Editor’s Selections: the Milkomeda Galaxy, Ubiquitous Cybercheating, the Marine Life Census and Lots of Astronomy NewsFebruary 7th, 2011 Editor's Selections 13 Comments
Sarah Kendrew selects interesting and notable ResearchBlogging.org posts in the physical sciences, chemistry, engineering, computer science, geosciences and mathematics. She blogs about astronomy at One Small Step.
Welcome to the start of another new week, and I hope the US readers all enjoyed their Superbowl weekend. Here are some physical sciences highlights from the week on ResearchBlogging.
- The cosmologist at the end of the Universe. I enjoyed Niall Deacon’s discussion of a recent paper by Harvard astronomy professor Avi Loeb on the distant future of the Milky Way galaxy. What can we say? Cosmology will be a very different science in a few billion years.
- Online plagiarism and cybercheating still strong: 61.9%. Richard Landers shows results from a recent survey into “cybercheating” amongst undergraduates. The overall result shows that well over half of interviewed students admit to copying work from the internet without referencing, or using paper-writing sites. Even more depressing than the sheer number are the examples of students’ attitudes towards the practice that are quoted in the article. A sad but interesting read for anyone in the business of teaching.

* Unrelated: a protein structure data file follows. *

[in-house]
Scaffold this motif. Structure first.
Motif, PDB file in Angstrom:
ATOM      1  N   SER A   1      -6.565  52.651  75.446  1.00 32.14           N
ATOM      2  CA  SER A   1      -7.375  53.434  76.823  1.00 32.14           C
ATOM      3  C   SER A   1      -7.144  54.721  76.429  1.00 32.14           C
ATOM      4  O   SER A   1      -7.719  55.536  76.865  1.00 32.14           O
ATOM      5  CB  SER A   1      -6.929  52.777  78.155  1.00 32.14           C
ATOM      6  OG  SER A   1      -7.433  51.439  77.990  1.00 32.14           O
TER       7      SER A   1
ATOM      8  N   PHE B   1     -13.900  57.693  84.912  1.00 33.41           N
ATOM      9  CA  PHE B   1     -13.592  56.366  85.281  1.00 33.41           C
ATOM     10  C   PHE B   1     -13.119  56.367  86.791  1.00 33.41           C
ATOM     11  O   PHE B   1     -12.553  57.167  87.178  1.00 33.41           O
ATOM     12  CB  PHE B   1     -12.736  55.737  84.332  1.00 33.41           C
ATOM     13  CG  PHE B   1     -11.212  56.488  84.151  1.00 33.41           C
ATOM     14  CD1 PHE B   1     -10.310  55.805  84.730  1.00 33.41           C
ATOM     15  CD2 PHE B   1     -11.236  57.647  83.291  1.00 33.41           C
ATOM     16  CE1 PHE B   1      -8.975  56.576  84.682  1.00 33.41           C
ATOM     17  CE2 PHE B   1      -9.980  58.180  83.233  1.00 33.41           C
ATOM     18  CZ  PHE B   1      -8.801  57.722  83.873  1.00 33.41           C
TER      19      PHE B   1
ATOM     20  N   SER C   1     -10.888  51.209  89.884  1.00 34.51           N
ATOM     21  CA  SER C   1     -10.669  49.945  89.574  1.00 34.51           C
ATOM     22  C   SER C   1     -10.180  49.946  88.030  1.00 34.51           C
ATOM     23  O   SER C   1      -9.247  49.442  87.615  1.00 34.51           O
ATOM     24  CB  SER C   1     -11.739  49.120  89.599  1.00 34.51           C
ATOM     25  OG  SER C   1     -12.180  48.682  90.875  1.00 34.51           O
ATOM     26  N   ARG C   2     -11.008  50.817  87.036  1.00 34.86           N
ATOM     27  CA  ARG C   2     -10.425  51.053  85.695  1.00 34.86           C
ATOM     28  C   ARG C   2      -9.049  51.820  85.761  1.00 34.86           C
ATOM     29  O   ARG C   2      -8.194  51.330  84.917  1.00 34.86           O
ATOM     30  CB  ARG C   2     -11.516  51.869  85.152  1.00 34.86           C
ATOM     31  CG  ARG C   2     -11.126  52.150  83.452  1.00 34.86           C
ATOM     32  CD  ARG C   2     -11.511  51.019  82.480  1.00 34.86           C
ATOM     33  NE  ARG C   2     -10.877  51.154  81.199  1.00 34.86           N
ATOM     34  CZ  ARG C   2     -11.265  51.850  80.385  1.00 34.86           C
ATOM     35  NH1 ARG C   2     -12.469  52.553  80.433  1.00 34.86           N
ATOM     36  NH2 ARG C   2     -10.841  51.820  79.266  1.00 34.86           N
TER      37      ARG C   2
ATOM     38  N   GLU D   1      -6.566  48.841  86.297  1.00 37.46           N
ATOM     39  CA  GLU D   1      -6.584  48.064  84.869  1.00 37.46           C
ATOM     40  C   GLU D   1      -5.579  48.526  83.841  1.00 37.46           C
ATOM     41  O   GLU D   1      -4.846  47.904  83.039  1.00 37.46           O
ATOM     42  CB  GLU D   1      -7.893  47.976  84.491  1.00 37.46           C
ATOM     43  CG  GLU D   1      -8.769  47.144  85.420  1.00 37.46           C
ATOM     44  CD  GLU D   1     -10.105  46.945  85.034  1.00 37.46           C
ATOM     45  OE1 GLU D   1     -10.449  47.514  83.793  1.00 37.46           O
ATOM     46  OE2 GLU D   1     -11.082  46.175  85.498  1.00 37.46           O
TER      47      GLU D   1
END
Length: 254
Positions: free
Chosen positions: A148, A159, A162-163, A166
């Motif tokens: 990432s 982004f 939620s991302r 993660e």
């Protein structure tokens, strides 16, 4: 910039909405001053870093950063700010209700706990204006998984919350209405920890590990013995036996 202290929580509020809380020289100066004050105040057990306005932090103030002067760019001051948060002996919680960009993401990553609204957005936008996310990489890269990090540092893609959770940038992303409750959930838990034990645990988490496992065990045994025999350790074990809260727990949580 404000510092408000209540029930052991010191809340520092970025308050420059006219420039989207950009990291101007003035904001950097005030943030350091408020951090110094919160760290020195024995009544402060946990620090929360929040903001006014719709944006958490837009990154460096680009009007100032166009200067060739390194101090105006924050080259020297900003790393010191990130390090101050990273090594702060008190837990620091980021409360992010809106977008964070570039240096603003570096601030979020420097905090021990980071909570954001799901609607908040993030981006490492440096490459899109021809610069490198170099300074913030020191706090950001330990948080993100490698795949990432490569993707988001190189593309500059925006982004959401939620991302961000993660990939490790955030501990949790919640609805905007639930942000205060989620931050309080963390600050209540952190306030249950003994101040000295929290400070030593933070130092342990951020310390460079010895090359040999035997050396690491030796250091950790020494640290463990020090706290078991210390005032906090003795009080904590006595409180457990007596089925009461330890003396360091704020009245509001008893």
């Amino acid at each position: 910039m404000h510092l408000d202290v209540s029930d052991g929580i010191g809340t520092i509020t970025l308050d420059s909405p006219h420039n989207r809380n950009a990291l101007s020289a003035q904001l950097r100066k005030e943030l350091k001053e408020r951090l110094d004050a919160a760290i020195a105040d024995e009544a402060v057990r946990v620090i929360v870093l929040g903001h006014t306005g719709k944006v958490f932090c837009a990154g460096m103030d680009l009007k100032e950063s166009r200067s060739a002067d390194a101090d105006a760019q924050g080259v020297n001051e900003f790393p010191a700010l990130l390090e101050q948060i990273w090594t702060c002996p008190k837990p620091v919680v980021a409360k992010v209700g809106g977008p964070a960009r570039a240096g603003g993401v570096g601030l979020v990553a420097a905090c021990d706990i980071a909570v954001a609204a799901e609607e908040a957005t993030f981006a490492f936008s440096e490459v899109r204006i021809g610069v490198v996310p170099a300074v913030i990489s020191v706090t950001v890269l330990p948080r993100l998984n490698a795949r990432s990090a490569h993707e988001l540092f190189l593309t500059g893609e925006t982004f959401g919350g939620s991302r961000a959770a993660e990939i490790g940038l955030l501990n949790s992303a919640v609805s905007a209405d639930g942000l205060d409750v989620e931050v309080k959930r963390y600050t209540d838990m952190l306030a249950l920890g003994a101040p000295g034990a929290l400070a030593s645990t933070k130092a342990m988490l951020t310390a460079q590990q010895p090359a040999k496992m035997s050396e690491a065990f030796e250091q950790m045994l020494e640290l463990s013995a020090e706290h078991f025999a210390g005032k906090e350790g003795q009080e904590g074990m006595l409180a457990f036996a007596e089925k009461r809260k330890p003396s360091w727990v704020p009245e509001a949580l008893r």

- Deep Sea 101: Lessons from the Census on Marine Life. Last autumn saw the completion of this major research initiative to catalog marine life in our oceans. Kevin Zelnio talks about the importance of this work and describes some highlights from the census outcome. Great news too that the census results are published in an open access journal, PLOS One.
- In the news this month: a roundup of stories from the 217th AAS meeting. In her monthly roundup of astronomy news, Megan reviews lots of new results that were announced at the recent meeting of the American Astronomical Society (AAS) in Seattle. This is the biggest annual astronomy meeting in the world, and several of these results have featured in the media in recent weeks. Megan gives a nice summary of some noted results, with links to papers and press releases.
Thanks for the great contributions, and I’ll be back next Monday with more selections.